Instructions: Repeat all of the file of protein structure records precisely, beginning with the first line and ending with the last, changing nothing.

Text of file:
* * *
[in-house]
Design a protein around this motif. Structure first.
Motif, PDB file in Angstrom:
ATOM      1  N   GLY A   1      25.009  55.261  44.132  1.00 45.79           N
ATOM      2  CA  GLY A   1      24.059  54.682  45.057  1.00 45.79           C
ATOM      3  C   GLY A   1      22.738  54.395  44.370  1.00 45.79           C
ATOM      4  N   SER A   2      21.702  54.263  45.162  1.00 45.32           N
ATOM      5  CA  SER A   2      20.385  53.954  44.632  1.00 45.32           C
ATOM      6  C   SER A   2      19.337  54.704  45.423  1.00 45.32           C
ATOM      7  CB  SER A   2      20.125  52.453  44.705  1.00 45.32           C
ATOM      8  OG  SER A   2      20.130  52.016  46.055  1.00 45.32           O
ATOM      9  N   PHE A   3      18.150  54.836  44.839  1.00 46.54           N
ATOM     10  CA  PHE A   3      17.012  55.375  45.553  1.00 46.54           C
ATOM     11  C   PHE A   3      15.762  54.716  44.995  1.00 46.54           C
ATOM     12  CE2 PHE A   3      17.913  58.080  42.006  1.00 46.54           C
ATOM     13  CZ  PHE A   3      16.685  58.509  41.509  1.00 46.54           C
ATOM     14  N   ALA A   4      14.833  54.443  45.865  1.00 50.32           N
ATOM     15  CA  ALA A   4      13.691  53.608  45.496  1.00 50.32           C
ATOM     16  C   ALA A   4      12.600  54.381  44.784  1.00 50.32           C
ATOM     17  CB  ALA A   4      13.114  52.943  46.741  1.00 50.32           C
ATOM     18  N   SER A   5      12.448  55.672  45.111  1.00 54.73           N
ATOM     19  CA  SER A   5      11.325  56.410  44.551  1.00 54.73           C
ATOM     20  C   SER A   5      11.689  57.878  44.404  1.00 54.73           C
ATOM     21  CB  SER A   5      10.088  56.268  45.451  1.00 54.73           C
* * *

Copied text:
[in-house]
Design a protein around this motif. Structure first.
Motif, PDB file in Angstrom:
ATOM      1  N   GLY A   1      25.009  55.261  44.132  1.00 45.79           N
ATOM      2  CA  GLY A   1      24.059  54.682  45.057  1.00 45.79           C
ATOM      3  C   GLY A   1      22.738  54.395  44.370  1.00 45.79           C
ATOM      4  N   SER A   2      21.702  54.263  45.162  1.00 45.32           N
ATOM      5  CA  SER A   2      20.385  53.954  44.632  1.00 45.32           C
ATOM      6  C   SER A   2      19.337  54.704  45.423  1.00 45.32           C
ATOM      7  CB  SER A   2      20.125  52.453  44.705  1.00 45.32           C
ATOM      8  OG  SER A   2      20.130  52.016  46.055  1.00 45.32           O
ATOM      9  N   PHE A   3      18.150  54.836  44.839  1.00 46.54           N
ATOM     10  CA  PHE A   3      17.012  55.375  45.553  1.00 46.54           C
ATOM     11  C   PHE A   3      15.762  54.716  44.995  1.00 46.54           C
ATOM     12  CE2 PHE A   3      17.913  58.080  42.006  1.00 46.54           C
ATOM     13  CZ  PHE A   3      16.685  58.509  41.509  1.00 46.54           C
ATOM     14  N   ALA A   4      14.833  54.443  45.865  1.00 50.32           N
ATOM     15  CA  ALA A   4      13.691  53.608  45.496  1.00 50.32           C
ATOM     16  C   ALA A   4      12.600  54.381  44.784  1.00 50.32           C
ATOM     17  CB  ALA A   4      13.114  52.943  46.741  1.00 50.32           C
ATOM     18  N   SER A   5      12.448  55.672  45.111  1.00 54.73           N
ATOM     19  CA  SER A   5      11.325  56.410  44.551  1.00 54.73           C
ATOM     20  C   SER A   5      11.689  57.878  44.404  1.00 54.73           C
ATOM     21  CB  SER A   5      10.088  56.268  45.451  1.00 54.73           C